Two ‘mistakes’ that many people make on a plane and that can cause a fatal illness

A small study has found that the combination of in-flight alcohol and cabin pressure at cruising altitude can put pressure on the hearts of sleeping passengers, with a health risk for some.

High altitude cabin pressure is not a good combination when mixed with alcohol(Getty Images/iStockphoto)

Drinking a cocktail on your next long-haul flight may be a less heart-healthy decision than you think, scientists have warned.

Most of us enjoy marking the start of our vacation with an alcoholic drink on board, and it is quite common to take a nap during these long voyages. However, new research findings suggest that the combination of high-altitude cabin pressure and in-flight alcohol could put unnecessary strain on the hearts of even younger, sleeping passengers. This cocktail of factors is believed to reduce blood oxygen levels while speeding up heart rate.

Scientists from Germany’s Institute of Aerospace Medicine expressed concern: “Alcohol consumption on board is an underestimated health risk that could easily be avoided,” they said. “It may be beneficial to consider modifying regulations to restrict access to alcoholic beverages on board aircraft.”

The study raises fears about heart problems during flights, as statistics show that heart-related complications account for seven percent of all medical emergencies during flights. Additionally, cardiac arrests cause 58 percent of all aircraft diversion cases. As published in the journal Thorax, the researchers highlighted that hypobaric environments are known to reduce blood oxygen levels and speed up heart rate, Bristol Live reports.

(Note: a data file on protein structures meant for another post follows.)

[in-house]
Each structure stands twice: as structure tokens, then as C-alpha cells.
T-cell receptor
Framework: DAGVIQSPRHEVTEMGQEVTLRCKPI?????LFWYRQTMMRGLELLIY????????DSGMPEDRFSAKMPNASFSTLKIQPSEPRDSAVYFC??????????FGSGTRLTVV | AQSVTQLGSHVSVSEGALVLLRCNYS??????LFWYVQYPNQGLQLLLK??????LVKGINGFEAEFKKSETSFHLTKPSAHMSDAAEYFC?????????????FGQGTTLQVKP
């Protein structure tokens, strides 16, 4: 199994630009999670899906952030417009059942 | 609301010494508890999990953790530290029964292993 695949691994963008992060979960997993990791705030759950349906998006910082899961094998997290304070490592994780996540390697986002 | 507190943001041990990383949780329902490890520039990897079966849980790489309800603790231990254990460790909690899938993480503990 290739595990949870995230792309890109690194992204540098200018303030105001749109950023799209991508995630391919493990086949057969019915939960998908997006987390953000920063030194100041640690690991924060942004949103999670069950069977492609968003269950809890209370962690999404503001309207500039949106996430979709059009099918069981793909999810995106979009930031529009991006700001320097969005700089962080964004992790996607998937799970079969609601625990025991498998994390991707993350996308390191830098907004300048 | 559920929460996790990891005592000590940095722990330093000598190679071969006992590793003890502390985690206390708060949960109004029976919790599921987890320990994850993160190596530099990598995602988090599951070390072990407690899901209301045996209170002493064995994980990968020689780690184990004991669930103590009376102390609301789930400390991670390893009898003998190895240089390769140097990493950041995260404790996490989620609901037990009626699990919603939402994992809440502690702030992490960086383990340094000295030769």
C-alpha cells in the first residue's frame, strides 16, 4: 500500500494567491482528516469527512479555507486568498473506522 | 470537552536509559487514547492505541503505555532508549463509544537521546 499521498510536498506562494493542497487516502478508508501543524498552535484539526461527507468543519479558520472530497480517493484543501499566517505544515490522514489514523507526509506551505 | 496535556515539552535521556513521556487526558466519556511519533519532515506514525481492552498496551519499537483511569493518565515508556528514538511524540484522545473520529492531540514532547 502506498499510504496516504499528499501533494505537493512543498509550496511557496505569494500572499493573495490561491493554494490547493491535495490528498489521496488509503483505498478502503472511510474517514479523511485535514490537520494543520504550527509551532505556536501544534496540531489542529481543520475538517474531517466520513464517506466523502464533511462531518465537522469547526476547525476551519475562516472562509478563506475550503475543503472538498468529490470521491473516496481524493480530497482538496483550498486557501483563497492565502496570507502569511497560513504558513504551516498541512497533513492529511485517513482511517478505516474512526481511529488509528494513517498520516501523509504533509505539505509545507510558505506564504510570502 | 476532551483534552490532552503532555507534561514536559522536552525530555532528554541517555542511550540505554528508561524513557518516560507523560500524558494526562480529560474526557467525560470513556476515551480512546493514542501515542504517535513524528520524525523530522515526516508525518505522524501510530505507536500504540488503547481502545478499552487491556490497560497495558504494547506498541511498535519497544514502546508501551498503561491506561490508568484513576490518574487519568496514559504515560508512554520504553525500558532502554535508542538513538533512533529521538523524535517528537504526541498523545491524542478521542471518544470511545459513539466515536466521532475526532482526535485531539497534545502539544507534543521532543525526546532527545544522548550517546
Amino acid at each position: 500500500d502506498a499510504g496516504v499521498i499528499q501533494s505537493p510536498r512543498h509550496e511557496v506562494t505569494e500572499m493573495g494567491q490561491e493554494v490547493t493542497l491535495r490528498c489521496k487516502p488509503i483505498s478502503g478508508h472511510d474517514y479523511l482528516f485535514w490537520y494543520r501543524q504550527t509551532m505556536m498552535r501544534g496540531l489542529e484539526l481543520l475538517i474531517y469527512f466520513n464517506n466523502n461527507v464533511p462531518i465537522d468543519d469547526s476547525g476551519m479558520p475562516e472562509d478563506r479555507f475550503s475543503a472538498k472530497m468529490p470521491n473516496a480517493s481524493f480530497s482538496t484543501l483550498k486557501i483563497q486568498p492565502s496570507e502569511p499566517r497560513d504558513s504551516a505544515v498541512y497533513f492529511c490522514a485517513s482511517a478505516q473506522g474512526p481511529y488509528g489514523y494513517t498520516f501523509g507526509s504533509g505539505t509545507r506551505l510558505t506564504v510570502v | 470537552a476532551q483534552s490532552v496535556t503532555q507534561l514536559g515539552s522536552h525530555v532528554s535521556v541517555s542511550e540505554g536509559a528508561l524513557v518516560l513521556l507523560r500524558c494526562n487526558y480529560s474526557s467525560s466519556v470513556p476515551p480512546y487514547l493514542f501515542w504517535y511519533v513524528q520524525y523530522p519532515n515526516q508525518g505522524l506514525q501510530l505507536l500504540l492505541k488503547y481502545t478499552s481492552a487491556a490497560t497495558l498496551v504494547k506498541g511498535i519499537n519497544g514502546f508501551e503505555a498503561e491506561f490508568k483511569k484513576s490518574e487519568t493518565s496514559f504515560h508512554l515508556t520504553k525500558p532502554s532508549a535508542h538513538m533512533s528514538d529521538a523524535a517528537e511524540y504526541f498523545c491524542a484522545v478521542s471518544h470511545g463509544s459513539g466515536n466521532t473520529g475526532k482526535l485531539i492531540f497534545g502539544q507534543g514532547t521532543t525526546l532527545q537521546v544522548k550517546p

These experts further emphasized that air passengers with pre-existing heart conditions are at increased risk of exacerbated symptoms due to lower cabin pressure at cruising altitudes, which worsens when sleeping. If alcohol, which is normally consumed mid-flight, is added to this equation, the situation worsens, they reiterated.

In an attempt to understand the effects of alcohol and sleep in low-oxygen environments, scientists conducted an experiment with 48 participants between the ages of 18 and 40. Subjects spent two nights in a sleep lab or altitude chamber, which mimics the conditions of an airplane at cruising altitude.

On one of these nights, the participants consumed alcohol. The researchers conducted sleep studies and closely monitored heart rate and blood oxygen levels. They found that the combination of alcohol and low oxygen concentration at high altitudes negatively affected sleep quality, put pressure on the cardiovascular system, and caused prolonged periods of low blood oxygen levels.

The study concluded: “Taken together, these results indicate that, even in young, healthy individuals, the combination of alcohol intake with sleep under hypobaric conditions places considerable stress on the cardiac system and could lead to an exacerbation of symptoms in patients with heart or lung diseases.